Third-annual BFF Fest aims to show its 'Softer Side' 

The BFF in BFF Fest does a backflip off your mind by standing for Best Fest Forever, a crushingly sincere way to describe the three culture-filled days of a summer festival put on by Detroit's Seraphine Collective. The group's ever-observant focus on the participation of women, people of color, and LGBTQA performers is the backbone of the fest: Their aim is to be progressively considerate in curating the lineup. This cannot be done without the unequivocal love and support for one another implied by that other youthful notion BFF usually stands for, with the intensity and fervor that anyone who is not a straight white male has to fight with in order to be seen or heard.

Seraphine Collective is the community of female-identified musicians that makes this all possible. Established roughly three years ago by Lauren Rossi, 2016 marks the third year they've put on this fest, which has grown from strictly a music festival into much more.

The music: The soundtrack to spending all day at the beach with your best friends, followed by the despairingly pensive conclusions made when summer, the party, and our delusions about modern life have all come to an end — presented in a multitude of genres, from electronic soul to socially conscious post-punk to jangly surf pop to supremely sexy R&B.

The art: The theme of this year's art show is "The Softer Side," and it will remain on display for a month after BFF Fest ends.

The workshops: A variety of stuff including the philosophy and practice of Deep Listening, putting an end to street harassment, the self-love of masturbation, hoop dancing, and 'zine making.

To find out a bit more about what makes this year different, and which acts you should be especially excited about, we spoke with founding Seraphine Collective members Dina Bankole and Rachel Thompson.

Metro Times: What was putting together the third iteration of the festival like?

Dina Bankole: The scope and dream for BFF Fest gets bigger every year! This leads to a lot more work and stress, but more excitement for what we accomplish every year. Our planning process gets more and more streamlined, but since we're at another new venue this time around, we had to adjust our plans. Thankfully, El Club is pretty much perfect — there's plenty of wall space for our 30-artist-strong art show, bands can finally play outside during the day, the sound and lighting inside is amazing, the capacity is just right, and there's food!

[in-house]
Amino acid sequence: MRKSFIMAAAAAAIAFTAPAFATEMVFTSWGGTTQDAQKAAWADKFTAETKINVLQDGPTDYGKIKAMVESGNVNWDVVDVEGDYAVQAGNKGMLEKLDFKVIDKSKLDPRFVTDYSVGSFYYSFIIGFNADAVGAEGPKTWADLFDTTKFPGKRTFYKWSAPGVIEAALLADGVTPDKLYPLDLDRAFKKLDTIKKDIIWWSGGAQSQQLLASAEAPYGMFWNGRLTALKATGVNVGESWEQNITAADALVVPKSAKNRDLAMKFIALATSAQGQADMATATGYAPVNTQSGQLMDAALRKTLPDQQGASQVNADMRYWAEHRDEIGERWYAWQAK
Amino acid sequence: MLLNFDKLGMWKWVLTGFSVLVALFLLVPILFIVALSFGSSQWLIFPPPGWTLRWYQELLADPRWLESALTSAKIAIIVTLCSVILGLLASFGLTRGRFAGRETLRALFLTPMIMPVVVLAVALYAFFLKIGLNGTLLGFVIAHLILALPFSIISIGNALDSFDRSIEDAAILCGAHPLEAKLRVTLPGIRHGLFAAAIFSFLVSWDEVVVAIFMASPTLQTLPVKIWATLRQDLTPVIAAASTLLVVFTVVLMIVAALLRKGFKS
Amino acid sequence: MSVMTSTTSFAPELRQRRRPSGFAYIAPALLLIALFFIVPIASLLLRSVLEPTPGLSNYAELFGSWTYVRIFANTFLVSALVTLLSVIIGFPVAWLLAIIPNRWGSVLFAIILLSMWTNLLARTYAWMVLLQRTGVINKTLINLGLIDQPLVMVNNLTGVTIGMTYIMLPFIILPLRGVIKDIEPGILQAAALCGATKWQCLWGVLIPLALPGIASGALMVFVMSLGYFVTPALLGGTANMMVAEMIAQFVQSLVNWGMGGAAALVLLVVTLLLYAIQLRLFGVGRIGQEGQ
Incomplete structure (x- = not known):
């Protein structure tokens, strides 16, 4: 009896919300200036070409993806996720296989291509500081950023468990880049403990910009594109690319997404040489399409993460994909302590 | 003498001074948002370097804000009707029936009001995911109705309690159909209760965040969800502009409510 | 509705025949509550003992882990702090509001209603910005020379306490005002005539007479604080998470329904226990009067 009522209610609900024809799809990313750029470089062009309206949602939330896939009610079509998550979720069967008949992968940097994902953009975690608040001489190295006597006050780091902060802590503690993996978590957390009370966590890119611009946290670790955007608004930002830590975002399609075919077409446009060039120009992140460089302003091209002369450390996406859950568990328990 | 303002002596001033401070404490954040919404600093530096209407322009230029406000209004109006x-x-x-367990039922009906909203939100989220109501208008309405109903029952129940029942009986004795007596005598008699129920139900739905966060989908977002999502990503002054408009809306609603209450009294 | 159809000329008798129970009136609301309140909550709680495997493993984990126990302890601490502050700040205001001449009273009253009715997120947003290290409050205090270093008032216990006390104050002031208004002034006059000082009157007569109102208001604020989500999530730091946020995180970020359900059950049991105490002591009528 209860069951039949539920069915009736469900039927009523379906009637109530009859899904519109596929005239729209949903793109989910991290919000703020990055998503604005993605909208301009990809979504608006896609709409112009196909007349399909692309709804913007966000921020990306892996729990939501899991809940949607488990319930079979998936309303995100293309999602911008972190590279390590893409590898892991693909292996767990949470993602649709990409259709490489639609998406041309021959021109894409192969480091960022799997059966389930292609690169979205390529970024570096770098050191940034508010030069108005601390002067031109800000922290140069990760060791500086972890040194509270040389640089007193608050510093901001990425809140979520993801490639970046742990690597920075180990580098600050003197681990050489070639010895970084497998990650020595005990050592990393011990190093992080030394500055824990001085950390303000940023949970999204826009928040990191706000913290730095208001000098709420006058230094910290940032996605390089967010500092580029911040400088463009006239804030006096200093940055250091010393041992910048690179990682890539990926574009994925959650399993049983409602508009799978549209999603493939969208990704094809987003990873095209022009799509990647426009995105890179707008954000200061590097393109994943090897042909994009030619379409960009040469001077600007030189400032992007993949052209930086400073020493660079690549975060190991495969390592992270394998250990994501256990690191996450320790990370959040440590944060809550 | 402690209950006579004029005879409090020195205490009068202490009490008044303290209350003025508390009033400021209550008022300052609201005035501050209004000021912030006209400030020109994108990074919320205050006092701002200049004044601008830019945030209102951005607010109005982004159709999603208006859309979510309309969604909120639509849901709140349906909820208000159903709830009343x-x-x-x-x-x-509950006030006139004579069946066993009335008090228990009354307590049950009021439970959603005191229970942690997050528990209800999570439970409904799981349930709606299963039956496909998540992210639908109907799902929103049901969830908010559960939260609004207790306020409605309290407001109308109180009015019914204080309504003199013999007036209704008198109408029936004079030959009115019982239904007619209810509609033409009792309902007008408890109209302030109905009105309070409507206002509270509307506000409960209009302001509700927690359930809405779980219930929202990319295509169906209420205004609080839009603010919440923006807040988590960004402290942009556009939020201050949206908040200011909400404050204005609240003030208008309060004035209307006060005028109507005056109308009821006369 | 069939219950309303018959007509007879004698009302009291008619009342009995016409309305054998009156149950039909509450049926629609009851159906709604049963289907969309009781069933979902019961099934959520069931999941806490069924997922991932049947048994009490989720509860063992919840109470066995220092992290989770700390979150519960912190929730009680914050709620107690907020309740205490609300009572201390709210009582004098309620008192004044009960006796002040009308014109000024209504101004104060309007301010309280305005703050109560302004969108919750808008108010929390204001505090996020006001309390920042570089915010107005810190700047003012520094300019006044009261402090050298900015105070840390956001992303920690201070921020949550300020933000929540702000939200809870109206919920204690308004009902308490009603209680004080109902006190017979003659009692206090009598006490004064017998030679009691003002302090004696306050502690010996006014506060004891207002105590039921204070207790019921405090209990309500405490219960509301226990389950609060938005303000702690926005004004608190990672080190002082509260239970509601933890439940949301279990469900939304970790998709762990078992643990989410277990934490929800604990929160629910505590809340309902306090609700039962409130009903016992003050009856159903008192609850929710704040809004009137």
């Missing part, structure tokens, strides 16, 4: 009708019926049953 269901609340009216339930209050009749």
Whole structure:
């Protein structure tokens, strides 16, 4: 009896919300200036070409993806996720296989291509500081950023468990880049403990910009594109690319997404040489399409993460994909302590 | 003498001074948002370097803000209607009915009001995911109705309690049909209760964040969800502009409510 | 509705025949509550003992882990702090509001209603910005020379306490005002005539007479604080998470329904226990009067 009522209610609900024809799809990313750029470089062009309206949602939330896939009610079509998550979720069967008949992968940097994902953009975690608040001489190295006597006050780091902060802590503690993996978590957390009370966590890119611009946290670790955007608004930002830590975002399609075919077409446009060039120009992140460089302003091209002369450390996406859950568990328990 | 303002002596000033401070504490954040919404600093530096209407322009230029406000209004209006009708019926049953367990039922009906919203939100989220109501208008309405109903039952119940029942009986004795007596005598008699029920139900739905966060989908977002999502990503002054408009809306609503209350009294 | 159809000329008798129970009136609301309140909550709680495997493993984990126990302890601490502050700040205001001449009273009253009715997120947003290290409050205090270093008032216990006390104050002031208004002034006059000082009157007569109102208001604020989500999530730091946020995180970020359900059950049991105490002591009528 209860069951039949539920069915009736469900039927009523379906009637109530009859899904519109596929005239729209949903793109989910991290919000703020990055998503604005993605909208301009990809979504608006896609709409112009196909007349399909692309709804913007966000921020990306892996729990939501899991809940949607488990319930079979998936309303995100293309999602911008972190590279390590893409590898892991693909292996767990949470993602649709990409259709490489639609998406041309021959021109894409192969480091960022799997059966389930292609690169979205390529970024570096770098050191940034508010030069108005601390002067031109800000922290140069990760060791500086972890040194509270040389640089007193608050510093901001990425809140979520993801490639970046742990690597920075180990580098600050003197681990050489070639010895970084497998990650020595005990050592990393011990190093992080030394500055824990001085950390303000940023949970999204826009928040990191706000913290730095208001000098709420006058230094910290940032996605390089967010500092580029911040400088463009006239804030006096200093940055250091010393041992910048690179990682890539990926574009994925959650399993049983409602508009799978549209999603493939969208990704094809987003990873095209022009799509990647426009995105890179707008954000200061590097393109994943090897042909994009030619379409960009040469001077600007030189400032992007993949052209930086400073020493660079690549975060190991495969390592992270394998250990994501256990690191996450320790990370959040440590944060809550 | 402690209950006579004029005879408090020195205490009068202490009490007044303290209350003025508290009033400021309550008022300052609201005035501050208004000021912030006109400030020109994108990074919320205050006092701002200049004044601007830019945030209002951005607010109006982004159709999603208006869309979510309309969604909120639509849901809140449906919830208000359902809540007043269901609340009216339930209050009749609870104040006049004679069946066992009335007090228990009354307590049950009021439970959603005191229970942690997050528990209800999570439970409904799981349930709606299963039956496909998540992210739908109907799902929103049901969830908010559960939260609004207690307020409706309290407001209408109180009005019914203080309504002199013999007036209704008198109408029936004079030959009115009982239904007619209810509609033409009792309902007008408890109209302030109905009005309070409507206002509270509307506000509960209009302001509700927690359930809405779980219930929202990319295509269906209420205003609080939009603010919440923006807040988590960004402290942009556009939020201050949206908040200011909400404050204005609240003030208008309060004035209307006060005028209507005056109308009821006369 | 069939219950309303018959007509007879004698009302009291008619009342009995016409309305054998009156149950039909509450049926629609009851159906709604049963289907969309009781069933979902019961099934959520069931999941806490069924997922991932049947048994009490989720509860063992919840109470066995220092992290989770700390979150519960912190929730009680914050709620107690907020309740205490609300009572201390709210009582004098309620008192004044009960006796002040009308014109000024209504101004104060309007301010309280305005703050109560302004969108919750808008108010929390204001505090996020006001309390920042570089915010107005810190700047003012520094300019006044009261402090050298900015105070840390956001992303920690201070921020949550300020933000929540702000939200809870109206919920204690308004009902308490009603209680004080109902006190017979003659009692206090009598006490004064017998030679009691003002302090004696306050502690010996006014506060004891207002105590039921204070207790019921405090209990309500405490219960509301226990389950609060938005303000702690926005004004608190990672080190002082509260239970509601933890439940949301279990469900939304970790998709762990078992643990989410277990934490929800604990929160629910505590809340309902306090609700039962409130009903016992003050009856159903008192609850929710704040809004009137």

Rachel Thompson: Although I've been a part of Seraphine Collective from the beginning, this was my first year being involved in planning BFF Fest. I have such a deeper respect for how much work this all is this time around — holy shit. This is also the first year we've hosted the fest in my neighborhood in Southwest, and I'm thrilled about involving friends, inviting neighbors, and having a bilingual poster. (Thanks Jesus Gutierrez!) I'm also obsessed with the promo video which we've never had before. Sacramento Knoxx created it; he's a badass filmmaker/organizer/emcee/educator/friend from Southwest. Personally, I'm most excited about dancing my ass off, learning new things, and continuing to build the Seraphine community.

MT: The second fest expanded to include an art show, and now the third has grown even more to include workshops. How did that happen?

Bankole: It's been a long-time goal of mine to have BFF Fest outside in the sun and we are finally able to make this happen this year. This freed up the inside and we had the idea to host workshops (bands are outside from 3 p.m.-7 p.m., and inside after that). We always invite community organizations to table at the fest, but workshops would allow them to really talk about their missions and engage people.

Thompson: I was in the process of planning the Beatmatch Brunch with Mother Cyborg workshop last April, and I was having so much fun and learning so much that I decided there should be workshops at BFF Fest. Since part of what Seraphine hopes to accomplish at the festival is "providing a forum for authentic new connections and thoughtful exploration of how music intersects with identity, community consciousness, and activism efforts in Detroit," feminist workshops seemed like a necessary addition. We're really excited to test it out this year, and we have some truly amazing facilitators that we've had the pleasure of getting to know over the last month.

MT: What are some acts playing the festival that are particularly deserving of our attention?

Bankole: I highly recommend seeing Alexia Avina (from Montreal), Fox Face (from Milwaukee — their song on the BFF Mixtape is amazing), Britney Stoney, Bevlove, Stef Chura, and Deadbeat Beat! And, shameless plug: You should see my band Casual Sweetheart, too.

Rachel: I will shamelessly recommend the people I booked: Britney Stoney (amazing), D.S. Sense (awesome female MC), Mother Cyborg (awesome DJ), and Stacey "Hottwaxx" Hale (godmother of house music!). Also, everyone Dina said.

BFF Fest takes place from Friday, July 29-Sunday, July 31 at El Club; 4114 W. Vernor Hwy., Detroit; Tickets are $12 in advance, $14 day of show. Two-day passes are $20. The art show starts at 7 p.m. on Friday, July 29, with performances beginning at 10 p.m. Doors at 2:30 p.m. on Saturdy, July 30, with performances starting at 3 p.m. Brunch, DJs, and more takes place on Sunday, July 31 from noon-4 p.m.

More by Ana Gavrilovska

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